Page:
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December 2, 2014

Jonathan Tobin: Defending the Right to a Jewish State

Heather Hale: Compliment your kids without giving them big heads

Megan Shauri: 10 ways you are ruining your own happiness

Carolyn Bigda: 8 Best Dividend Stocks for 2015

Kiplinger's Personal Finance editors: 7 Things You Didn't Know About Paying Off Student Loans

Samantha Olson: The Crucial Mistake 55% Of Parents Are Making At Their Baby's Bedtime

Densie Well, Ph.D., R.D. Open your eyes to yellow vegetables

The Kosher Gourmet by Megan Gordon With its colorful cache of purples and oranges and reds, COLLARD GREEN SLAW is a marvelous mood booster --- not to mention just downright delish
April 18, 2014

Rabbi Yonason Goldson: Clarifying one of the greatest philosophical conundrums in theology

Caroline B. Glick: The disappearance of US will

Megan Wallgren: 10 things I've learned from my teenagers

Lizette Borreli: Green Tea Boosts Brain Power, May Help Treat Dementia

John Ericson: Trying hard to be 'positive' but never succeeding? Blame Your Brain

The Kosher Gourmet by Julie Rothman Almondy, flourless torta del re (Italian king's cake), has royal roots, is simple to make, . . . but devour it because it's simply delicious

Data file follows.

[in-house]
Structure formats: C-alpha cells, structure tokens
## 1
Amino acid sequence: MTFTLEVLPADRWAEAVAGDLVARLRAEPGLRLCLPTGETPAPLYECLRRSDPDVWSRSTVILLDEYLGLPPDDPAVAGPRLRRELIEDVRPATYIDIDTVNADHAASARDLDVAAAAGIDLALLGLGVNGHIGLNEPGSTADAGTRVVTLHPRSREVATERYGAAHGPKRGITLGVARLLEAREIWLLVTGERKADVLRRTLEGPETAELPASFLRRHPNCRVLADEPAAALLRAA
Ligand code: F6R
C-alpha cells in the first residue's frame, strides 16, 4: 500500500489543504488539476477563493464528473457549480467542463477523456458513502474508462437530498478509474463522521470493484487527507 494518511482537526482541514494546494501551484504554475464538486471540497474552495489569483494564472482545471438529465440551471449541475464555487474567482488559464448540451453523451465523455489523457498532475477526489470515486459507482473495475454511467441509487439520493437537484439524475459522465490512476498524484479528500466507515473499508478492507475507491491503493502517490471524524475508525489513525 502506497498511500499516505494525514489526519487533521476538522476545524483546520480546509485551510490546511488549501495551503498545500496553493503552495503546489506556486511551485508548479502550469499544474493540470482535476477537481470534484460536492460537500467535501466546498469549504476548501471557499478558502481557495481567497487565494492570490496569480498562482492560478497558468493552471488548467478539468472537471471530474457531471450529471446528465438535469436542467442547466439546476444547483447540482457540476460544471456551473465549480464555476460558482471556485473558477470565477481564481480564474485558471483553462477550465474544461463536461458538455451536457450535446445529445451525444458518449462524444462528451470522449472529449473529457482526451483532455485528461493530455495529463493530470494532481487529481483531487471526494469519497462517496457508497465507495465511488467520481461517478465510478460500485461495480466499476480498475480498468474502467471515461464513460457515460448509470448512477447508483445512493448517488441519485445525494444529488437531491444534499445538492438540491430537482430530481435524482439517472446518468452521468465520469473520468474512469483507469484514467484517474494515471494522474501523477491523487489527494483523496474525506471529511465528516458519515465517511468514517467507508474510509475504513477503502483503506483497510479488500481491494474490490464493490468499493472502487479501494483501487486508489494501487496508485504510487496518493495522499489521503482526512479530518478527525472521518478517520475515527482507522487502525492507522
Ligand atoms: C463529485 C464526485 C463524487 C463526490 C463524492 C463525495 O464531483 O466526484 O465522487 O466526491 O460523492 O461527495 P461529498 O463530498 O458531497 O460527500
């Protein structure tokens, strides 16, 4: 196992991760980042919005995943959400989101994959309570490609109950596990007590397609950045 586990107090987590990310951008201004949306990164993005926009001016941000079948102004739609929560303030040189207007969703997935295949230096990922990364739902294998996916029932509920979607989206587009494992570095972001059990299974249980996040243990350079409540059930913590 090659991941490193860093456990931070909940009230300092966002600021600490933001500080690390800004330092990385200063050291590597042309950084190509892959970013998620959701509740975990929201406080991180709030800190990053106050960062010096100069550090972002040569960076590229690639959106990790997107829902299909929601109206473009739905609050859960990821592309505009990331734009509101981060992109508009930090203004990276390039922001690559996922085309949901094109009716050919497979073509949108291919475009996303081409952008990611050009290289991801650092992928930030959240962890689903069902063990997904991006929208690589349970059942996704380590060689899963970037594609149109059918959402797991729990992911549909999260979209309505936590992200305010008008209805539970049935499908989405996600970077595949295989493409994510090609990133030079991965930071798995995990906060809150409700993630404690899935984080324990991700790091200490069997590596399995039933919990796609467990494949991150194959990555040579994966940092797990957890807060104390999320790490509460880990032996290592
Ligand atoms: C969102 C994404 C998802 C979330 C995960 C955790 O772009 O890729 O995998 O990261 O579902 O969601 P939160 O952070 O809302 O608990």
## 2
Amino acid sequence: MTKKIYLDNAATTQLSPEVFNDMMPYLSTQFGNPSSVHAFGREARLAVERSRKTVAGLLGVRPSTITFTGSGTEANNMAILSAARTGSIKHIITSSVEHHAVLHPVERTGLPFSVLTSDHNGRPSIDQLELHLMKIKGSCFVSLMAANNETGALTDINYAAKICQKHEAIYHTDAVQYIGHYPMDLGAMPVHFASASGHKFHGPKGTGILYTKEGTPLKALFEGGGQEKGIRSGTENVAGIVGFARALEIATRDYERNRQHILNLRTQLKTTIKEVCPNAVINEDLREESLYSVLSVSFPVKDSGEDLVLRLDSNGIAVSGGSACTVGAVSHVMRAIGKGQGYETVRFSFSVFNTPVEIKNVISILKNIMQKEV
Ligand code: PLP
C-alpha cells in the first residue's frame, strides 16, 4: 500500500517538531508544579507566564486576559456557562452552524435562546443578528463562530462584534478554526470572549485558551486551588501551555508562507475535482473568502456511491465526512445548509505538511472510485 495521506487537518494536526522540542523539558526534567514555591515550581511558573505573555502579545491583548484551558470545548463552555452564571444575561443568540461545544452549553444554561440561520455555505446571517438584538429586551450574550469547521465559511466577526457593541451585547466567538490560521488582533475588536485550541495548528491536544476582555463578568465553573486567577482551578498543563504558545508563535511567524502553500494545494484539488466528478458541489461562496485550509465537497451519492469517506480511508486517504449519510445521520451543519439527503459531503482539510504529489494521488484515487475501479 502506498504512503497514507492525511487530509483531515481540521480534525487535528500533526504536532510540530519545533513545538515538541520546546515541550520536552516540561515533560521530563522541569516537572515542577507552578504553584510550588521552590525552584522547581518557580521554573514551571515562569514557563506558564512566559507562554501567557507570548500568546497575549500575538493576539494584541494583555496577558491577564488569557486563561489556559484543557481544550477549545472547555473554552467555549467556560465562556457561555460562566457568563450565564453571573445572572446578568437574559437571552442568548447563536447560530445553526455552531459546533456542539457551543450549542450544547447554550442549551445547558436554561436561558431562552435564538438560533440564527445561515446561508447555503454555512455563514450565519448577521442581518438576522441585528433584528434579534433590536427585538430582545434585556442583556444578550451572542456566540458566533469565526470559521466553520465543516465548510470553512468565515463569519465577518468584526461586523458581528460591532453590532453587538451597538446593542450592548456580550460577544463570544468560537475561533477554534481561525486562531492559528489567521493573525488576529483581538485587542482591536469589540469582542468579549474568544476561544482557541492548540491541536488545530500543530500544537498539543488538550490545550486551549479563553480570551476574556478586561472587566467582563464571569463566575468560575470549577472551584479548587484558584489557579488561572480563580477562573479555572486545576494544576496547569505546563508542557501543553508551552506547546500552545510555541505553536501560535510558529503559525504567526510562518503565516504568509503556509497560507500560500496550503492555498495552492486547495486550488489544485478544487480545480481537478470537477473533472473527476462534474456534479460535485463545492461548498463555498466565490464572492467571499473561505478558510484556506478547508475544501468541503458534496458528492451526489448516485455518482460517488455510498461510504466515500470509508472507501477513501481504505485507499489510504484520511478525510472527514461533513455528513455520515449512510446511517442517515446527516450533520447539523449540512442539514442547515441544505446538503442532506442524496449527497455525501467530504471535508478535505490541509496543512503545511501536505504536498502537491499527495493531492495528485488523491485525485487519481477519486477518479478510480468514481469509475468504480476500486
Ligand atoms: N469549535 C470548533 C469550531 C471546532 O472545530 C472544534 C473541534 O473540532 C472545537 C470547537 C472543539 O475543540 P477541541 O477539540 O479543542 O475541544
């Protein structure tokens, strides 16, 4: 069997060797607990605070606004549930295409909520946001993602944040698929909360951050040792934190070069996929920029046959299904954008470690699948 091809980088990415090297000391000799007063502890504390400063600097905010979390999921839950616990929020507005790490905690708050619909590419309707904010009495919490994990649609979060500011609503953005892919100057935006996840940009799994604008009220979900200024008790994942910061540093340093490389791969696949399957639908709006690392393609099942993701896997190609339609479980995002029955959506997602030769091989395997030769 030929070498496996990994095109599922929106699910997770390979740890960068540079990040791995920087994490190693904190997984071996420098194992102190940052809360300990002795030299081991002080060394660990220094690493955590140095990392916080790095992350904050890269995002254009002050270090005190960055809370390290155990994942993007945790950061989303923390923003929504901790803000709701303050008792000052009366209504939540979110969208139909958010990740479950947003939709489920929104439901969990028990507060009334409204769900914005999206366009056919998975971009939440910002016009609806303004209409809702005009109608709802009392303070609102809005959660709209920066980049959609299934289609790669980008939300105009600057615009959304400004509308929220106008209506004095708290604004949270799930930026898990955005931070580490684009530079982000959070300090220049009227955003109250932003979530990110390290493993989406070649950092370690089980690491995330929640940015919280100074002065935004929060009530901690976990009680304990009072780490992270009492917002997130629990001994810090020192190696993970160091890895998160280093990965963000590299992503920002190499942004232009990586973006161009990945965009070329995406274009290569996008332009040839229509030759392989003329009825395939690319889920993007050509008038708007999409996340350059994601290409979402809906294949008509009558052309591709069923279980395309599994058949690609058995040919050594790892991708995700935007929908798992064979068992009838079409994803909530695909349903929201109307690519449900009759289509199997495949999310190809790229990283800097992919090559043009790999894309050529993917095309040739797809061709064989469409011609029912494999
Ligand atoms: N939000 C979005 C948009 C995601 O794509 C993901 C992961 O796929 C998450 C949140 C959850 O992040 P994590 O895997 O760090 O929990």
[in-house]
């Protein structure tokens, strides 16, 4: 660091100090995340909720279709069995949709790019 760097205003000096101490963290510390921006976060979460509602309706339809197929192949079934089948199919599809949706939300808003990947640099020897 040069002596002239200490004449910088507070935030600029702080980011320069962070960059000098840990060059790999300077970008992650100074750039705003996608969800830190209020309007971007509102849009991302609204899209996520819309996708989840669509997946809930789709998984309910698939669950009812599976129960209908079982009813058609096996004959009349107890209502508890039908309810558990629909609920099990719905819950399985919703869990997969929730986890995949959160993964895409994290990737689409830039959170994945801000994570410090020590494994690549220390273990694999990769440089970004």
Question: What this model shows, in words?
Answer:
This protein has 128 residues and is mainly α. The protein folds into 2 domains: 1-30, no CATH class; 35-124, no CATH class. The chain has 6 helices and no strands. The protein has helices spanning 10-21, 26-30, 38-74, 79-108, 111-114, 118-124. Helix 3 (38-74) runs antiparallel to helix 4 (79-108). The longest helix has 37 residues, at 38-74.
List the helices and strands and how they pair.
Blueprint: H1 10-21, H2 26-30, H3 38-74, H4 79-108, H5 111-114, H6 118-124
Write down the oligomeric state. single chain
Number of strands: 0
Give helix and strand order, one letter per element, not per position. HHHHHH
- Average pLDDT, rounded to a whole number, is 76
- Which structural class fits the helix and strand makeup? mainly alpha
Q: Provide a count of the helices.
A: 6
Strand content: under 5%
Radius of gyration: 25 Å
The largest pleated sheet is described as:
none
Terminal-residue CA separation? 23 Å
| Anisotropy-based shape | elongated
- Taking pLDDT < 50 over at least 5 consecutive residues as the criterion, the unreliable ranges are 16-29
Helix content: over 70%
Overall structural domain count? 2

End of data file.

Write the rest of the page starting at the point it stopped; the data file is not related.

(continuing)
April 14, 2014

Rabbi Dr Naftali Brawer: Passover frees us from the tyranny of time

Greg Crosby: Passing Over Religion

Eric Schulzke: First degree: How America really recovered from a murder epidemic

Georgia Lee: When love is not enough: Teaching your kids about the realities of adult relationships

Cameron Huddleston: Freebies for Your Lawn and Garden

Gordon Pape: How you can tell if your financial adviser is setting you up for potential ruin

Dana Dovey: Up to 500,000 people die each year from hepatitis C-related liver disease. New Treatment Has Over 90% Success Rate

Justin Caba: Eating Watermelon Can Help Control High Blood Pressure

The Kosher Gourmet by Joshua E. London and Lou Marmon Don't dare pass over these Pesach picks for Manischewitz!